More articles by:
June 27, 2016
Robin Hahnel
Brexit: Establishment Freak Out
James Bradley
Omar’s Motive
Gregory Wilpert – Michael Hudson
How Western Military Interventions Shaped the Brexit Vote
Leonard Peltier
41 Years Since Jumping Bull (But 500 Years of Trauma)
Rev. William Alberts
Orlando: the Latest Victim of Radicalizing American Imperialism
Patrick Cockburn
Brexiteers Have Much in Common With Arab Spring Protesters
Franklin Lamb
How 100 Syrians, 200 Russians and 11 Dogs Out-Witted ISIS and Saved Palmyra
John Grant
Omar Mateen: The Answers are All Around Us
Dean Baker
In the Wake of Brexit Will the EU Finally Turn Away From Austerity?
Ralph Nader
The IRS and the Self-Minimization of Congressman Jason Chaffetz
Johan Galtung
Goodbye UK, Goodbye Great Britain: What Next?
Martha Pskowski
Detained in Dilley: Deportation and Asylum in Texas
Binoy Kampmark
Headaches of Empire: Brexit’s Effect on the United States
Dave Lindorff
Honest Election System Needed to Defeat Ruling Elite
Louisa Willcox
Delisting Grizzly Bears to Save the Endangered Species Act?
Jason Holland
The Tragedy of Nothing
Jeffrey St. Clair
Revolution Reconsidered: a Fragment (Guest Starring Bernard Sanders in the Role of Robespierre)
Weekend Edition
June 24, 2016
Friday - Sunday
John Pilger
A Blow for Peace and Democracy: Why the British Said No to Europe
Pepe Escobar
Goodbye to All That: Why the UK Left the EU
Michael Hudson
Revolts of the Debtors: From Socrates to Ibn Khaldun
Andrew Levine
Summer Spectaculars: Prelude to a Tea Party?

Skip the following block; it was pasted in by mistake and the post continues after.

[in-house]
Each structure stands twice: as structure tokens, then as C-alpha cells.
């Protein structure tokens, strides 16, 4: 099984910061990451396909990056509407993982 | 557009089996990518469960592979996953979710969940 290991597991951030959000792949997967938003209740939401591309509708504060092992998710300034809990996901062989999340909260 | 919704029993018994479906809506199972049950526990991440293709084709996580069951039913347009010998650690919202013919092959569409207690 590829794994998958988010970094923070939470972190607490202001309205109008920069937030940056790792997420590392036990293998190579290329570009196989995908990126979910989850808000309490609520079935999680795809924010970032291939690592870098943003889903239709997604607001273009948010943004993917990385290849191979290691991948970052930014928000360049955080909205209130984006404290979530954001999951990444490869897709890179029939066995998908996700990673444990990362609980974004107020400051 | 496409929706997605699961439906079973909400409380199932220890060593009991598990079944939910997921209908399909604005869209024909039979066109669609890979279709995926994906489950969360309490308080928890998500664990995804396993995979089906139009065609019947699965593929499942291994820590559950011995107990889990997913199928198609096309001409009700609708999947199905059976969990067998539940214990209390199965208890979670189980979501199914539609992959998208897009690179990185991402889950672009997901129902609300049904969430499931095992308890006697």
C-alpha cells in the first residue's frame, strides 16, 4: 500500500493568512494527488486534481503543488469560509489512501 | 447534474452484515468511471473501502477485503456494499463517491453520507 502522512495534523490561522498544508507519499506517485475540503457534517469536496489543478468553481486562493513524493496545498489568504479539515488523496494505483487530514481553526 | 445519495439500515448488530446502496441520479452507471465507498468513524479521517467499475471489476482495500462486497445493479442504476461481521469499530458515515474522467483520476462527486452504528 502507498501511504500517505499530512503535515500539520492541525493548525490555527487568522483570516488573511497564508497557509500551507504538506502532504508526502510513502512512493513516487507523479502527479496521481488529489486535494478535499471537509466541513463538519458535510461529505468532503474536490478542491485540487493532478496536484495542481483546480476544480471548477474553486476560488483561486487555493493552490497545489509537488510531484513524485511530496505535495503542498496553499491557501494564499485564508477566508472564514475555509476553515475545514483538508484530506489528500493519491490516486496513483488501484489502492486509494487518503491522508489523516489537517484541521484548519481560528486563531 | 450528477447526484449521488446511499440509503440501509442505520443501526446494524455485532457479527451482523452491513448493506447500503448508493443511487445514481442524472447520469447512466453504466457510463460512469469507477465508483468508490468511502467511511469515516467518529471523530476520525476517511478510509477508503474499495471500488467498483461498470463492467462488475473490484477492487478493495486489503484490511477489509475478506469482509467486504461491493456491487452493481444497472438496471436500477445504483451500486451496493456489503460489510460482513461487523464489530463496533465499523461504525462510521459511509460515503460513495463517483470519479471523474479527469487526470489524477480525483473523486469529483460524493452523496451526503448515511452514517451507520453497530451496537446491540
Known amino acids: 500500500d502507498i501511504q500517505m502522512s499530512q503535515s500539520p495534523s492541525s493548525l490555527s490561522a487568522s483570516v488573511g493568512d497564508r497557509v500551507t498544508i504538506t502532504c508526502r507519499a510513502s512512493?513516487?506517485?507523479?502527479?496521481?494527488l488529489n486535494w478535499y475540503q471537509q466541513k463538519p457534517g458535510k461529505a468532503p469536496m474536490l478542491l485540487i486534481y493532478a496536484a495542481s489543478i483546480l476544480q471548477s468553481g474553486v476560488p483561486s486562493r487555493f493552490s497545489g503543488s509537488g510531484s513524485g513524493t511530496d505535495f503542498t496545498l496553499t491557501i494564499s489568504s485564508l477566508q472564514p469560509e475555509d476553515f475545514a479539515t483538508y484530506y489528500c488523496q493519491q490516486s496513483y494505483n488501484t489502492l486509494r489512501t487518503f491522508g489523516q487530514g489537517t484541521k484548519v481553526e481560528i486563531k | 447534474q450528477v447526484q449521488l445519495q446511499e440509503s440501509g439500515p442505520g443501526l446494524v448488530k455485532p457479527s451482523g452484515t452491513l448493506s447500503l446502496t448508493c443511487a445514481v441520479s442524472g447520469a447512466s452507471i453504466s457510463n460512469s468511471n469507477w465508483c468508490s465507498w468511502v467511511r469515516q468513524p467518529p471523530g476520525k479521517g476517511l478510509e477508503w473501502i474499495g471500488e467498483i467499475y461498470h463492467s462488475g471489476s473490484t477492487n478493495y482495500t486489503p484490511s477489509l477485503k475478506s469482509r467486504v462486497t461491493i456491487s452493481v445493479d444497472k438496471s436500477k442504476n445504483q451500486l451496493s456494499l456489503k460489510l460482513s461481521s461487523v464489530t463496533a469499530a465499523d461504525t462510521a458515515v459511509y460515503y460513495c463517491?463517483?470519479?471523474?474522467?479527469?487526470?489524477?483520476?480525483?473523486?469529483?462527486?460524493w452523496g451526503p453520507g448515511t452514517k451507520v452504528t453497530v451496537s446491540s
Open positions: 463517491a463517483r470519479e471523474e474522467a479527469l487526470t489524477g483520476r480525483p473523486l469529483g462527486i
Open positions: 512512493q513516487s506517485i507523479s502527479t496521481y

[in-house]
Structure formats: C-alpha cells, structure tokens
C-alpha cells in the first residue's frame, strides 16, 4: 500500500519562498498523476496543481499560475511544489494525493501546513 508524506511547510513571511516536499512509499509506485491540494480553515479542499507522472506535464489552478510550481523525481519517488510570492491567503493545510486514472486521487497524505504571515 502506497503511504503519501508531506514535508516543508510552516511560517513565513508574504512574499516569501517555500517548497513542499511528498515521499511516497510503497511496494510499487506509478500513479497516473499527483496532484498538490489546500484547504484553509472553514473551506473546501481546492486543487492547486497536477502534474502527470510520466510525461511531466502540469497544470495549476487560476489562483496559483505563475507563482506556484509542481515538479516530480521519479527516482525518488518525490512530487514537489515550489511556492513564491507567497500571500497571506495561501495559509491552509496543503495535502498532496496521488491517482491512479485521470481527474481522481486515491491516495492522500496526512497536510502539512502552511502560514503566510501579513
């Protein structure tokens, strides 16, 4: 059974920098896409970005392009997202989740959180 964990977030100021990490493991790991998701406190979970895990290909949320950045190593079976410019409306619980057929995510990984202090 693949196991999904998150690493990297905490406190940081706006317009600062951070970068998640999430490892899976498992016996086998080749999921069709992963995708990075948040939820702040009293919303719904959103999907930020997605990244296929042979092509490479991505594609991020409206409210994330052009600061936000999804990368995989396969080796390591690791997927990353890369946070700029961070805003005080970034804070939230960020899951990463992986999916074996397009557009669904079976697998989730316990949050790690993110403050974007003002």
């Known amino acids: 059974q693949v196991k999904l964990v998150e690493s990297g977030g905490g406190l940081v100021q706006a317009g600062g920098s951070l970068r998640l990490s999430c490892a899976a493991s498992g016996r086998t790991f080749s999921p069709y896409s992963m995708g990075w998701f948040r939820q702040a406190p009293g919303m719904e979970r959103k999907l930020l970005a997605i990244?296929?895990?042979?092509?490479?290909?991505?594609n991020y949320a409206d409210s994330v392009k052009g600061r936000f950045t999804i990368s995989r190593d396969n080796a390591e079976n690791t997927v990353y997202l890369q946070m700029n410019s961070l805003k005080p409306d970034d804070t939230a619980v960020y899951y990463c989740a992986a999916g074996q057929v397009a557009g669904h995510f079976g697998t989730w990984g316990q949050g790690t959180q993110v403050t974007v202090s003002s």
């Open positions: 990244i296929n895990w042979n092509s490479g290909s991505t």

Kshama Sawant
Beyond Bernie: Still Not With Her
Mike Whitney
¡Basta Ya, Brussels! British Voters Reject EU Corporate Slavestate
Tariq Ali
Panic in the House: Brexit as Revolt Against the Political Establishment
Paul Street
Miranda, Obama, and Hamilton: an Orwellian Ménage à Trois for the Neoliberal Age
Ellen Brown
The War on Weed is Winding Down, But Will Monsanto Emerge the Winner?
Gary Leupp
Why God Created the Two-Party System
Conn Hallinan
Brexit Vote: a Very British Affair (But Spain May Rock the Continent)
Ruth Fowler
England, My England
Jeffrey St. Clair
Lines Written on the Occasion of Bernie Sanders’ Announcement of His Intention to Vote for Hillary Clinton
Norman Pollack
Fissures in World Capitalism: the British Vote
Paul Bentley
Mercenary Logic: 12 Dead in Kabul
Binoy Kampmark
Parting Is Such Sweet Joy: Brexit Prevails!
Elliot Sperber
Show Me Your Papers: Supreme Court Legalizes Arbitrary Searches
Jan Oberg
The Brexit Shock: Now It’s All Up in the Air
Nauman Sadiq
Brexit: a Victory for Britain’s Working Class
Brian Cloughley
Murder by Drone: Killing Taxi Drivers in the Name of Freedom
Ramzy Baroud
How Israel Uses Water as a Weapon of War
Brad Evans – Henry Giroux
The Violence of Forgetting
Ben Debney
Homophobia and the Conservative Victim Complex
Margaret Kimberley
The Orlando Massacre and US Foreign Policy
David Rosen
Americans Work Too Long for Too Little
Murray Dobbin
Do We Really Want a War With Russia?
Kathy Kelly
What’s at Stake
Louis Yako
I Have Nothing “Newsworthy” to Report this Week
FacebookTwitterGoogle+RedditEmail